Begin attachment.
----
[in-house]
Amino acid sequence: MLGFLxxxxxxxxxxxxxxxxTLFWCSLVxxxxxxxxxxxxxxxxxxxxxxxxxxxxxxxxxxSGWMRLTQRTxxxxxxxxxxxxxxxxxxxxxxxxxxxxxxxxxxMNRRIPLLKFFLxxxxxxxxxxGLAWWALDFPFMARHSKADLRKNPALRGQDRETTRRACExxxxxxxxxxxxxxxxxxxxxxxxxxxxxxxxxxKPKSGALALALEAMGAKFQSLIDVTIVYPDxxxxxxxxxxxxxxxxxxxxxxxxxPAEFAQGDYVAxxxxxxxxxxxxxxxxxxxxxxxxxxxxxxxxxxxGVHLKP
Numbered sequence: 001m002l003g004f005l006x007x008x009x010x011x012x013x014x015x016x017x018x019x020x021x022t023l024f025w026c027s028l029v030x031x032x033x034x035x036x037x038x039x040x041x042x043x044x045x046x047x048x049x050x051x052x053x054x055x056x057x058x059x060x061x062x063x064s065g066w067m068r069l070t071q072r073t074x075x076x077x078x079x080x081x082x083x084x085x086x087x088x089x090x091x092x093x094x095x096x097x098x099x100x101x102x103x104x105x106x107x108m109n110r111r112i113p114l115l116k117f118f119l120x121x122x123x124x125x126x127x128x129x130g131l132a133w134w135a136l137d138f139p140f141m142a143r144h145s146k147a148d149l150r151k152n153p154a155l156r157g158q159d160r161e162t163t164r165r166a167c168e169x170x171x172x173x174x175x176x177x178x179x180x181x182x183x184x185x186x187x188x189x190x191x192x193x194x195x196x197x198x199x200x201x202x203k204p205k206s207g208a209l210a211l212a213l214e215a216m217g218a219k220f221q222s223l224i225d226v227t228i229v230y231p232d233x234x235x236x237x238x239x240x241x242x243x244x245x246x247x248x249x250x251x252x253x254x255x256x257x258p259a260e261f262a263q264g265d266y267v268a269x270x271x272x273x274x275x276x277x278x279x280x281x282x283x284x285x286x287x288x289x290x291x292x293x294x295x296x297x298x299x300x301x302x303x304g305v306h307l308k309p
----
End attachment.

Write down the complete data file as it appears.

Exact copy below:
[in-house]
Amino acid sequence: MLGFLxxxxxxxxxxxxxxxxTLFWCSLVxxxxxxxxxxxxxxxxxxxxxxxxxxxxxxxxxxSGWMRLTQRTxxxxxxxxxxxxxxxxxxxxxxxxxxxxxxxxxxMNRRIPLLKFFLxxxxxxxxxxGLAWWALDFPFMARHSKADLRKNPALRGQDRETTRRACExxxxxxxxxxxxxxxxxxxxxxxxxxxxxxxxxxKPKSGALALALEAMGAKFQSLIDVTIVYPDxxxxxxxxxxxxxxxxxxxxxxxxxPAEFAQGDYVAxxxxxxxxxxxxxxxxxxxxxxxxxxxxxxxxxxxGVHLKP
Numbered sequence: 001m002l003g004f005l006x007x008x009x010x011x012x013x014x015x016x017x018x019x020x021x022t023l024f025w026c027s028l029v030x031x032x033x034x035x036x037x038x039x040x041x042x043x044x045x046x047x048x049x050x051x052x053x054x055x056x057x058x059x060x061x062x063x064s065g066w067m068r069l070t071q072r073t074x075x076x077x078x079x080x081x082x083x084x085x086x087x088x089x090x091x092x093x094x095x096x097x098x099x100x101x102x103x104x105x106x107x108m109n110r111r112i113p114l115l116k117f118f119l120x121x122x123x124x125x126x127x128x129x130g131l132a133w134w135a136l137d138f139p140f141m142a143r144h145s146k147a148d149l150r151k152n153p154a155l156r157g158q159d160r161e162t163t164r165r166a167c168e169x170x171x172x173x174x175x176x177x178x179x180x181x182x183x184x185x186x187x188x189x190x191x192x193x194x195x196x197x198x199x200x201x202x203k204p205k206s207g208a209l210a211l212a213l214e215a216m217g218a219k220f221q222s223l224i225d226v227t228i229v230y231p232d233x234x235x236x237x238x239x240x241x242x243x244x245x246x247x248x249x250x251x252x253x254x255x256x257x258p259a260e261f262a263q264g265d266y267v268a269x270x271x272x273x274x275x276x277x278x279x280x281x282x283x284x285x286x287x288x289x290x291x292x293x294x295x296x297x298x299x300x301x302x303x304g305v306h307l308k309p